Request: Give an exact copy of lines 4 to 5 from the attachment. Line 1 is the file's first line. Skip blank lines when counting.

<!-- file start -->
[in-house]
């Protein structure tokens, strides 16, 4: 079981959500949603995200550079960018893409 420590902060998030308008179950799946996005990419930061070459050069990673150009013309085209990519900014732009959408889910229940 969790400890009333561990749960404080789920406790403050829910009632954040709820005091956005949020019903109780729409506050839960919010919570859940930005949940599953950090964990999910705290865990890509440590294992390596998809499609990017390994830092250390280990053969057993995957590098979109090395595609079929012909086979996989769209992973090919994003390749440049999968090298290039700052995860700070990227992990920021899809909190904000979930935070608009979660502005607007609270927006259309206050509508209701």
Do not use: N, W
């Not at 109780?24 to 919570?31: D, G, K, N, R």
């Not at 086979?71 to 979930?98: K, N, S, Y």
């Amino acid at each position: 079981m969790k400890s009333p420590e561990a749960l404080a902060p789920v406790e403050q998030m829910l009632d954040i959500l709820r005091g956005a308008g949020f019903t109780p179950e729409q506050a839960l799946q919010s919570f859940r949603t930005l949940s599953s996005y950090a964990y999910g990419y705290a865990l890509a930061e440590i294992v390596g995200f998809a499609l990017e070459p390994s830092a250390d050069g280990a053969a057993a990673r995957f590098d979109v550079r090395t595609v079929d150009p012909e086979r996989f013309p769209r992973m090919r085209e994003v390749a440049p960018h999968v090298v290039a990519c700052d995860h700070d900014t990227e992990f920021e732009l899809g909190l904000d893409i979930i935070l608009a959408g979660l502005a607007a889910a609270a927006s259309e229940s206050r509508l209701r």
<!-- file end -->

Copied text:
């Not at 109780?24 to 919570?31: D, G, K, N, R």
């Not at 086979?71 to 979930?98: K, N, S, Y």